from The American Heritage® Dictionary of the English Language, 4th Edition
- n. The chemistry of heat and heat-associated chemical phenomena.
from Wiktionary, Creative Commons Attribution/Share-Alike License
- n. The study of the thermodynamics of chemical reactions.
from the GNU version of the Collaborative International Dictionary of English
- n. That branch of chemical science which includes the investigation of the various relations existing between chemical action and that manifestation of force termed heat, or the determination of the heat evolved by, or employed in, chemical actions.
from The Century Dictionary and Cyclopedia
- n. That branch of chemical science which includes all the various relations existing between chemical action and heat.
from WordNet 3.0 Copyright 2006 by Princeton University. All rights reserved.
- n. the branch of chemistry that studies the relation between chemical action and the amount of heat absorbed or generated
Sorry, no etymologies found.
Likewise, in thermochemistry, one has always stuck to the thermal effect, that is, to energy differences, until Wilhelm Ostwald in particular emphatically showed that many detailed considerations could be significantly abbreviated if one dealt with energy itself instead of with calorimetric numbers.
For his work in thermochemistry he received the Nobel Prize in
Great lessons there on thermochemistry, especially what an exothermic reaction is
Nernst of Berlin received this award for work in thermochemistry, despite a 16-year opposition to this recognition from Arrhenius
I now blog at battleoftheants.blogspot.com thermochemistry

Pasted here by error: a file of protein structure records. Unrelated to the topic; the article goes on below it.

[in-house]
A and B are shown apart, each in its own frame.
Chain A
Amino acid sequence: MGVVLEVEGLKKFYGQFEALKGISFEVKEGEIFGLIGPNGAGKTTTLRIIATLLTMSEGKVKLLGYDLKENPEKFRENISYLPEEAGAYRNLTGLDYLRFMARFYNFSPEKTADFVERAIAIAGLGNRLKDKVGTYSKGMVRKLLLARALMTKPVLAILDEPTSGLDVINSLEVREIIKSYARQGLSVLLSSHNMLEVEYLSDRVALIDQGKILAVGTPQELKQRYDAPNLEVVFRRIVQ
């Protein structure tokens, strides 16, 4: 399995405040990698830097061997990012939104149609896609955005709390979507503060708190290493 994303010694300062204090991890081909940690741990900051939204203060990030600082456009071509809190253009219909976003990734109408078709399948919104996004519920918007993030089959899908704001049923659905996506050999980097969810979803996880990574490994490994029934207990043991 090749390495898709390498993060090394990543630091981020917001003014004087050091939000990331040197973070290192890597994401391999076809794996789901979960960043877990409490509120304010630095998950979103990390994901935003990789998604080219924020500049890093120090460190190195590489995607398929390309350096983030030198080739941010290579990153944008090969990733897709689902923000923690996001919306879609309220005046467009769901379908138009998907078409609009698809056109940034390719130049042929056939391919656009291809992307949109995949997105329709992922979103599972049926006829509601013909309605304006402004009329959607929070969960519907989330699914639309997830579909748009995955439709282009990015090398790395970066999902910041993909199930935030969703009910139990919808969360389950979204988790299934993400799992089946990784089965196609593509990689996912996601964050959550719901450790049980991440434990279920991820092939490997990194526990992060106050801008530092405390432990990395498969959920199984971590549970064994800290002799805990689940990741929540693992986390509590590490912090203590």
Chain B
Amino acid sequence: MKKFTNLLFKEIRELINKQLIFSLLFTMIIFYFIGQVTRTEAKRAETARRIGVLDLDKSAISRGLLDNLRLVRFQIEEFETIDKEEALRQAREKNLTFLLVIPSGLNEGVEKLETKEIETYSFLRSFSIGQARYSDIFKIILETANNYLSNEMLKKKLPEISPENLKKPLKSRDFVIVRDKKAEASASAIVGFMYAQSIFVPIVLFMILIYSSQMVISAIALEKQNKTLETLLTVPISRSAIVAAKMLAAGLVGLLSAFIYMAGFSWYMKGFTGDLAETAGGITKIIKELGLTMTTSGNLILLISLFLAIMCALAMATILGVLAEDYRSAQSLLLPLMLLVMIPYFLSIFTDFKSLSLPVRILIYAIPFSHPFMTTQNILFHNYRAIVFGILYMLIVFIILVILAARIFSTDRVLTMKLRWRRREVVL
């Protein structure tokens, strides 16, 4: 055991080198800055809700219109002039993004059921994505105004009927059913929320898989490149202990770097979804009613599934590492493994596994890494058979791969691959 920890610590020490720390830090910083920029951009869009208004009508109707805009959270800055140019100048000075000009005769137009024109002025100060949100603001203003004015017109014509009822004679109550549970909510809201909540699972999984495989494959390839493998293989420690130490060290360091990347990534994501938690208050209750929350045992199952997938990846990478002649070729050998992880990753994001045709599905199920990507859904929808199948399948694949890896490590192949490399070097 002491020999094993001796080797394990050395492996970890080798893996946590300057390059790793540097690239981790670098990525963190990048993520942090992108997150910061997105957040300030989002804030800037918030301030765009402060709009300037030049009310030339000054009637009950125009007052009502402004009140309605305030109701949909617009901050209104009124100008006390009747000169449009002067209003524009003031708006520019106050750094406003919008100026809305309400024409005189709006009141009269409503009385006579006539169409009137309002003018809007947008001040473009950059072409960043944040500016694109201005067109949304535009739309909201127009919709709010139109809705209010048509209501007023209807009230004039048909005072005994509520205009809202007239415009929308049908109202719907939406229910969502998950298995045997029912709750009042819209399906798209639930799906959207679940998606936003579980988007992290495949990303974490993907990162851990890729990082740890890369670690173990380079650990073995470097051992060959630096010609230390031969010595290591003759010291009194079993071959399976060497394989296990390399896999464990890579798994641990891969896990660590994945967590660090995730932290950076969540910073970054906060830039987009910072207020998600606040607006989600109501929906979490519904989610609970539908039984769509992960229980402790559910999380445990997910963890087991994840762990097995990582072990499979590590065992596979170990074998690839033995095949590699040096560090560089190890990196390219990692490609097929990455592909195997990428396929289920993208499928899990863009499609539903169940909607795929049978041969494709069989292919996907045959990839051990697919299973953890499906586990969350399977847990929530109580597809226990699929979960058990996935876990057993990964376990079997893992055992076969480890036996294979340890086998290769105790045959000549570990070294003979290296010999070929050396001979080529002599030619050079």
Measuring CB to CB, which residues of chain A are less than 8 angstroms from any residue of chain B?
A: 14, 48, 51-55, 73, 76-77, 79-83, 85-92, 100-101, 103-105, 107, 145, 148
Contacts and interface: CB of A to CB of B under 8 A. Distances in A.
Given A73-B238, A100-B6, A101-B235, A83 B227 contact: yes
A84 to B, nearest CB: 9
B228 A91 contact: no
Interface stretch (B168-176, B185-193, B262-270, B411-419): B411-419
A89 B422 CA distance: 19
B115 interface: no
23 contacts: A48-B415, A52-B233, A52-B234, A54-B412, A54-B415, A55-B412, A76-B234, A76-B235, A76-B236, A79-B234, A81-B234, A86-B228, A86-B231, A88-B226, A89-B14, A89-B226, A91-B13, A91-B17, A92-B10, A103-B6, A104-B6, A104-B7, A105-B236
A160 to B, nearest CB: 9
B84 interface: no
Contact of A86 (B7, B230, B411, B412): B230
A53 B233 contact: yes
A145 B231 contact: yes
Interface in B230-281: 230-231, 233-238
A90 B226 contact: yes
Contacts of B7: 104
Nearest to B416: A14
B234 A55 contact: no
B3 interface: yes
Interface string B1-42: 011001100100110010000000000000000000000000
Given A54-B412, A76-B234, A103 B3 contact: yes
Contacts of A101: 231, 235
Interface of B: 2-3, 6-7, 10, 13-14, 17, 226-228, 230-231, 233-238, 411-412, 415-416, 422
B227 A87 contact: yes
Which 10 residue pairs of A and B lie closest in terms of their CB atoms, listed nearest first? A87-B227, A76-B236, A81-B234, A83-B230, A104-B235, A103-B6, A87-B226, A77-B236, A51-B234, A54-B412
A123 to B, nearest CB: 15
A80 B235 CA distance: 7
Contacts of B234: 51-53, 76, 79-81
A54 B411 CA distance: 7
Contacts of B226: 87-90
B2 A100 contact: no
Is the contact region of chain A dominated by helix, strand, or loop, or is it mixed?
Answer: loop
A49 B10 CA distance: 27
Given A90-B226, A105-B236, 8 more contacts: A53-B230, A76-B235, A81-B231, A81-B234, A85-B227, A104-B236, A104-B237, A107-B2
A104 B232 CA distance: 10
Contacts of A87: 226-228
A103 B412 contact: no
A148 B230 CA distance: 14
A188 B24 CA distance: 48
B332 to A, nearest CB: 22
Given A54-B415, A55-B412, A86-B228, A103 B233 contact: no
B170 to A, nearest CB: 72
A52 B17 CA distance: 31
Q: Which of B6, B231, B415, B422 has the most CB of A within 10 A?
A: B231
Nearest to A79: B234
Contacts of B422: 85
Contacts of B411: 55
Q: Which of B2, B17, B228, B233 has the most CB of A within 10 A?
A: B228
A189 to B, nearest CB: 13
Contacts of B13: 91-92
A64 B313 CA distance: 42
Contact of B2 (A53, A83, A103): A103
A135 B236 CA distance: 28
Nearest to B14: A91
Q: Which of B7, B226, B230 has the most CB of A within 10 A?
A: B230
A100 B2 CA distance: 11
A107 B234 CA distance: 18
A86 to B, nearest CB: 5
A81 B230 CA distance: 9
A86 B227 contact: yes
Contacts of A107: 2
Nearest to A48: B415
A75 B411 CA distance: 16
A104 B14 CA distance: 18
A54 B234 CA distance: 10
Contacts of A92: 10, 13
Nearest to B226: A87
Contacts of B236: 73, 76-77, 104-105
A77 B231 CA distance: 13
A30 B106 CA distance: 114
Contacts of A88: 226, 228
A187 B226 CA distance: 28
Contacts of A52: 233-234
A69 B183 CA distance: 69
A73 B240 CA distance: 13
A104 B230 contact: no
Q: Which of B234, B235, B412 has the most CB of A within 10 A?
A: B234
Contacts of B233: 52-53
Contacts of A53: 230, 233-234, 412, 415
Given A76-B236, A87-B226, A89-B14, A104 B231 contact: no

Sabatier's earliest researches concerned the thermochemistry of sulphur and metallic sulphates, the subject for his thesis leading to his doctorate, and, in Toulouse, he continued his physico-chemical investigations to sulphides, chlorides, chromates and copper compounds.
Then came the heyday of thermochemistry, when it was believed that the explanation of the transformation of chemical energy during chemical reactions lay in the heat phenomena occurring during chemical processes.
Berthelot states, as one of the fundamental principles of thermochemistry, "that the quantity of heat evolved is the measure of the sum of the chemical and physical work accomplished in the reaction"; and such a law will no doubt account for the phenomena above noted.
Virtual Chemistry Laboratory allows students to design and perform diverse experiments in acid-base chemistry, thermochemistry, solubility, and redox chemistry.
One of these questions concerns itself with fuels and thermochemistry, the other is usually based on reaction type and mechanism.